Tuesday, March 17, 2009

In Celebration Of St. Patrick's Day

Today is St. Patrick's day. How are you going to celebrate it? To me, I have no idea yet because this is my first time to celebrate this event. We have no St. Patrick's day in the Philippines so this will be a whole new experience to me. They said during St. Patrick's day there are a number of places that will be bustling and overflowing with people. This event is celebrate in every State in United States. Just like in New York, there celebration is one of a kind. The New York St. Patrick’s Day Parade is world-famous and allegedly the largest St. Patrick’s Day celebration. The tradition started in 1762 as a modest foot parade, and to this day does not include any commercial aspects like floats or cars. Approximately 150,000 to 250,000 people march before an estimated 2 million spectators.

The St. Patrick’s Day Parade was originally downtown, centered around the Old St. Patrick’s Cathedral at 32 Prince Street. The initial participants were Irish immigrants and Irish military men in the British Army who were stationed in the American colonies. At the time, the British had placed restrictions on Irish customs (like dancing and language) within Ireland, and the Irish in New York reveled in being able to celebrate freely.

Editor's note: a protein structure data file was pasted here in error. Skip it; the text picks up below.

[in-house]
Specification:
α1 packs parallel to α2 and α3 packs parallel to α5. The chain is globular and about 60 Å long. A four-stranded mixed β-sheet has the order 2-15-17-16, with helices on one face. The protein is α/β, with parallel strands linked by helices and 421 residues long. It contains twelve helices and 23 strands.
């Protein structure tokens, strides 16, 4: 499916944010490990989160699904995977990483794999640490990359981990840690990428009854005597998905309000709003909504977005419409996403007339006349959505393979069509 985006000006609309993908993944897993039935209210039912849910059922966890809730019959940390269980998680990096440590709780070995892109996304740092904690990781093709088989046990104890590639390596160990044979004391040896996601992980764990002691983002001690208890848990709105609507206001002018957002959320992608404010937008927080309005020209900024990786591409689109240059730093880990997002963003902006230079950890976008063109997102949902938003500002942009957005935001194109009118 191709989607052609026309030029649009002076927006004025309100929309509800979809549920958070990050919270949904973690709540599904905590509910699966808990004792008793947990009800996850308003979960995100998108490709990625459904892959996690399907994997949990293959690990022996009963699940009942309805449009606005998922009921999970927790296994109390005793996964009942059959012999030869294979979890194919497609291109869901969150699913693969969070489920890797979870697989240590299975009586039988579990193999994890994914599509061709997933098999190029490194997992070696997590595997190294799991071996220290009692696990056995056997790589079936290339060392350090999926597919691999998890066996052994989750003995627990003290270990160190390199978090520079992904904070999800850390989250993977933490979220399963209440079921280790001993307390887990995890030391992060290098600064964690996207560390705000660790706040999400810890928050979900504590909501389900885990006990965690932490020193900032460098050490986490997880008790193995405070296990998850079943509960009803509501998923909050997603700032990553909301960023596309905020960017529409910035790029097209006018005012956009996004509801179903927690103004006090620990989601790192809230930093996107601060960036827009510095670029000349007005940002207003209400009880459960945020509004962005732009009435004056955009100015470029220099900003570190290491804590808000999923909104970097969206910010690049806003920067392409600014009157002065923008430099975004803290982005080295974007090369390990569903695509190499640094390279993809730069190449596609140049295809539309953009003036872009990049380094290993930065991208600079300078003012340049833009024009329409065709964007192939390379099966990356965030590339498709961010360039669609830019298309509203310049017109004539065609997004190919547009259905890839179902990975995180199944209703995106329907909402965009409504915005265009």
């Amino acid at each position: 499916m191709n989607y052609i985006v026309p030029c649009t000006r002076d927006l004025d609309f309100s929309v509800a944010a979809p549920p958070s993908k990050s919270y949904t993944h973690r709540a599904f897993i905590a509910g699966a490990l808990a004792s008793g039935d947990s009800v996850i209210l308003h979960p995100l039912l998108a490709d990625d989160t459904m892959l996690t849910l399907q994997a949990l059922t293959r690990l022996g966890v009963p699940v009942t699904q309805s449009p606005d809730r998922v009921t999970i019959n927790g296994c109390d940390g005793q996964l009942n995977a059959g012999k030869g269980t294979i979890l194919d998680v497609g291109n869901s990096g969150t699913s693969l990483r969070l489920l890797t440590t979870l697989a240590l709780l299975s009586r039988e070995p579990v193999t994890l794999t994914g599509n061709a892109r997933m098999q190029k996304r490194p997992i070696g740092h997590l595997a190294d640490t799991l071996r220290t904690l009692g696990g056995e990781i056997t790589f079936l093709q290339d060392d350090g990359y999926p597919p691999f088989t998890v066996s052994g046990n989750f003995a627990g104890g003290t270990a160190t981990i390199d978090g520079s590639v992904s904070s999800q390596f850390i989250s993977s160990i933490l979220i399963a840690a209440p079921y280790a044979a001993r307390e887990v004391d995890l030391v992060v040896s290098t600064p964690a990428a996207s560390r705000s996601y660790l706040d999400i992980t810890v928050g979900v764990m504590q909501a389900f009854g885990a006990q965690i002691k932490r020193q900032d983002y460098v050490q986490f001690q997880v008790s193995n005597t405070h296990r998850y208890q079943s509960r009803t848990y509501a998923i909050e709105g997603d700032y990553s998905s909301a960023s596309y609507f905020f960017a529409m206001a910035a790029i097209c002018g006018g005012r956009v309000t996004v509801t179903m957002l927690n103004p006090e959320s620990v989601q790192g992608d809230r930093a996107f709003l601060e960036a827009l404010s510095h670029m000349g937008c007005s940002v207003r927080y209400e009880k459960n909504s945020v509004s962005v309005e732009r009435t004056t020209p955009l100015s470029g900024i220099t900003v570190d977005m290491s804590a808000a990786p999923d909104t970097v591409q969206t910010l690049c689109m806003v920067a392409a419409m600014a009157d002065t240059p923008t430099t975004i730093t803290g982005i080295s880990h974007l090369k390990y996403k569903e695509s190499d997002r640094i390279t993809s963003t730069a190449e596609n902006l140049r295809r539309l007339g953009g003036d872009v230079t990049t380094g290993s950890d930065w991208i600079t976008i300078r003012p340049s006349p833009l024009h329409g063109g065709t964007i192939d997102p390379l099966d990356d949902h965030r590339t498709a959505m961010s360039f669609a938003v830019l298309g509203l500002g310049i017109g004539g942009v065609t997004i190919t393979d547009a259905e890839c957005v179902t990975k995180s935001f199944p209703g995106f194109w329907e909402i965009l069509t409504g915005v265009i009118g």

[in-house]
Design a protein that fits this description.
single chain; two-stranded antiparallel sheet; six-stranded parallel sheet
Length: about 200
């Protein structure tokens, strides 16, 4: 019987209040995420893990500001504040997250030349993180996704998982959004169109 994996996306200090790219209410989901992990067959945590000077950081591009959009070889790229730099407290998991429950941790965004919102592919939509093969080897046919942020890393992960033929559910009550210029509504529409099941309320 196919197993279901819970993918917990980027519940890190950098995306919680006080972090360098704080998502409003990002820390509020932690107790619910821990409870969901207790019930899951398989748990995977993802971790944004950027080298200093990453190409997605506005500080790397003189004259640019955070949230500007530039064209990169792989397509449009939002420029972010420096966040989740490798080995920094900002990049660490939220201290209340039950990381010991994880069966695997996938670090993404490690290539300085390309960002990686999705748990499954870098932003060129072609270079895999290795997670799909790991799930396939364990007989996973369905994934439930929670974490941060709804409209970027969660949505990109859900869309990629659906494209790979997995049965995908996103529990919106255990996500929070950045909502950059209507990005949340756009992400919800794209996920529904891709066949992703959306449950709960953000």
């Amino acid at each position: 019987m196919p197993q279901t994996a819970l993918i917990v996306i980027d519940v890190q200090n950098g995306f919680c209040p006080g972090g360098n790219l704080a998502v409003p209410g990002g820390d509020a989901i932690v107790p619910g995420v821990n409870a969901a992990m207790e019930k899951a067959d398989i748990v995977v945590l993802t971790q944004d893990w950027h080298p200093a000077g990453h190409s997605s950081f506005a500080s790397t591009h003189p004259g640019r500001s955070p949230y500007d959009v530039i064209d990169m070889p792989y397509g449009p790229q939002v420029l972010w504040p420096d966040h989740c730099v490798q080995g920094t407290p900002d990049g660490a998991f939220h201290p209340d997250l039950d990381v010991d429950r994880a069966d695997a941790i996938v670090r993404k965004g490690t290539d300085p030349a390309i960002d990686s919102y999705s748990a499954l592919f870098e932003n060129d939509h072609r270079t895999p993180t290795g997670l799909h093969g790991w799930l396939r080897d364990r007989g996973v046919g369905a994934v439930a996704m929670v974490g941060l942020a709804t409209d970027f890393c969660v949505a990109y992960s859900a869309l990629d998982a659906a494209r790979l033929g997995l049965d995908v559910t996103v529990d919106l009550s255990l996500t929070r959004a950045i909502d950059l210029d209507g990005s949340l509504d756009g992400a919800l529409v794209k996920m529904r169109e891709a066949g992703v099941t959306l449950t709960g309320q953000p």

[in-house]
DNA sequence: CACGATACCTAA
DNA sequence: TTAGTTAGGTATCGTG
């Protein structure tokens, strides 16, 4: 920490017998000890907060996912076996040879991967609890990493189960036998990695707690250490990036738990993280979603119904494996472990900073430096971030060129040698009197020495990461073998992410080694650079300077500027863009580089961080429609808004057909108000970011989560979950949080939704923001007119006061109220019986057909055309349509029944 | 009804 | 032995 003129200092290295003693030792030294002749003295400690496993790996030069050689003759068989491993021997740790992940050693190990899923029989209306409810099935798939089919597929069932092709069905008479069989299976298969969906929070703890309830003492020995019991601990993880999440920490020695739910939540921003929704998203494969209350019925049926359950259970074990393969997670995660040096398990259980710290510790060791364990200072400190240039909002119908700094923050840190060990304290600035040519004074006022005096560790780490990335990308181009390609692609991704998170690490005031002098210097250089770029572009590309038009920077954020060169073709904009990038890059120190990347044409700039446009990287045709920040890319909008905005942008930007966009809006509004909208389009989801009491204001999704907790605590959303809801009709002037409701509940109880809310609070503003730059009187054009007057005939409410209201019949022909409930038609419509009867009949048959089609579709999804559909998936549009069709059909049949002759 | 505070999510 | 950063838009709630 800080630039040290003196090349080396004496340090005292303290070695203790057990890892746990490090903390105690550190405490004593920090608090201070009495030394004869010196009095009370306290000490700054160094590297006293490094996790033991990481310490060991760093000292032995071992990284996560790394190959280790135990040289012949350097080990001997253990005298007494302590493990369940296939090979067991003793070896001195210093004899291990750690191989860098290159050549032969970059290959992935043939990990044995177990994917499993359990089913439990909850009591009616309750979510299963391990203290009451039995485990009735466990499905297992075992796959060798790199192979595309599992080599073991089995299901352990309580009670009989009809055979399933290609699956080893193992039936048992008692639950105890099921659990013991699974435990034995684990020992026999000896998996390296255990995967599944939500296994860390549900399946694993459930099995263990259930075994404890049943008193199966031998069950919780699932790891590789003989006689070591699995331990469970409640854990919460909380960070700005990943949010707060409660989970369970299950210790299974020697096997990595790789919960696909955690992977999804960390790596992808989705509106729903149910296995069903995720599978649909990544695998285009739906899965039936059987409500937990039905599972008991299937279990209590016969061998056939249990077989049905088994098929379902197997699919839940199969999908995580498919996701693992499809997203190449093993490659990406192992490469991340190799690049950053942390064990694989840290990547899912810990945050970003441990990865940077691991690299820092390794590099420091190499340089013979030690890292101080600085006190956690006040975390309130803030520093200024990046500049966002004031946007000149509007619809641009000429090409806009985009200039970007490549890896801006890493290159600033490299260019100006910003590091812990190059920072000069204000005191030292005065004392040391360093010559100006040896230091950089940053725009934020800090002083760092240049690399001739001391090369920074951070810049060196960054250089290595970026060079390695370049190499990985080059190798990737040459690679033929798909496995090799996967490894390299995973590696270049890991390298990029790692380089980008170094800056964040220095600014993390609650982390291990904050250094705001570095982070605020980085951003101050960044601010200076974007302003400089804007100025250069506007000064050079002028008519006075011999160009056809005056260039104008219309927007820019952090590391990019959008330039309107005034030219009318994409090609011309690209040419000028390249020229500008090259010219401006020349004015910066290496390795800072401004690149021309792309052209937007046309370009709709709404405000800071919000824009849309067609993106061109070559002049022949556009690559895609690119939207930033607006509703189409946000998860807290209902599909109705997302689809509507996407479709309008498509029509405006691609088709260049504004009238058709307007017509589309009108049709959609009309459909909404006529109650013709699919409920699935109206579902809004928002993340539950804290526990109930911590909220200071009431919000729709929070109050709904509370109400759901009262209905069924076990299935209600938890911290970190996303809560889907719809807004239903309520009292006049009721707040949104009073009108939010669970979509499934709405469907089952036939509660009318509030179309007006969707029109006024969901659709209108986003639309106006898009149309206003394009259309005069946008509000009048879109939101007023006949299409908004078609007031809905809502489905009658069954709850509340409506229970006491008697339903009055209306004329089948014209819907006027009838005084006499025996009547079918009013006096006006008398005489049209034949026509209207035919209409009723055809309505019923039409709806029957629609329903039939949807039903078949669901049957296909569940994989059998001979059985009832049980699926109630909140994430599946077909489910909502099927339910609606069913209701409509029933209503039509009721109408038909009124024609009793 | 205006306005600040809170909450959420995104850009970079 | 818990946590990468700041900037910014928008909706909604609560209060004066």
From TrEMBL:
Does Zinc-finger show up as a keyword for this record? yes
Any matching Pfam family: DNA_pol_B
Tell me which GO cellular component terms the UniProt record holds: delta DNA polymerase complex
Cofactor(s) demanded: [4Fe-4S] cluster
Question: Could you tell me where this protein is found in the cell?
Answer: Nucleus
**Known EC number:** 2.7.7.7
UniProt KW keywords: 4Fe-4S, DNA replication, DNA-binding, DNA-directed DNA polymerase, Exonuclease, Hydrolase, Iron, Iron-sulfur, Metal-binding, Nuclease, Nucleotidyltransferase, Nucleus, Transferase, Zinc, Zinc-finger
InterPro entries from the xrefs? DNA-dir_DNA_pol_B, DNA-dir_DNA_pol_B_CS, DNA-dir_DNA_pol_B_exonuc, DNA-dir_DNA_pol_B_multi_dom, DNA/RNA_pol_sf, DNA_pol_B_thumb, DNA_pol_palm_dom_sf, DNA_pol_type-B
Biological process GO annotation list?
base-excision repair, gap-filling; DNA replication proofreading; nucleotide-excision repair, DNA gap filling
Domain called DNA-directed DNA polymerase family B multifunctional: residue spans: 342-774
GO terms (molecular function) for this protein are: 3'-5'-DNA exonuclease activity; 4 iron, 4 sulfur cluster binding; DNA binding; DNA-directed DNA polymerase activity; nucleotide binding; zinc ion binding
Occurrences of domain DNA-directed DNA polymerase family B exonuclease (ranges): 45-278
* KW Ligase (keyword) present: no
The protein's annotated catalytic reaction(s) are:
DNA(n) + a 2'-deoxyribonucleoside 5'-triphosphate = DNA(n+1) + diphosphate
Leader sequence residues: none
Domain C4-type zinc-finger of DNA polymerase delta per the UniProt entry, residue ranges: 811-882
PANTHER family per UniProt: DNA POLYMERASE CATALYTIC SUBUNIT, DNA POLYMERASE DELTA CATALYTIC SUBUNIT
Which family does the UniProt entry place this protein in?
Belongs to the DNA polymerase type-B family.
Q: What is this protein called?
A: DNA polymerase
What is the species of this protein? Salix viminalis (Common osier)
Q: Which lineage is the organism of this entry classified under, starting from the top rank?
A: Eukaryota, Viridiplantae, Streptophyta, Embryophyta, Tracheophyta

Today, the parade goes past Saint Patrick’s Cathedral at 50th Street and continues up to the American Irish Historical Society at 86th Street. It is still led by a unit of soldiers – currently the “Irish Infantry” – and is now officially sponsored by the Ancient Order of Hibernians.

The best spots to view the parade are on the uptown end of the route. Try to find a spot high up on the Metropolitan Museum steps, or on the corner of 86th Street (where the parade turns). The starting and ending points of the parade are typically good for viewing. Pedestrians can only cross the parade route in groups at police-regulated points these areas get crowded, but once the masses move you can typically find a better viewing spot. The parade starts at 11am on 44th Street and finishes roughly 5pm at 86th Street. It will be broadcast on NBC for four hours.

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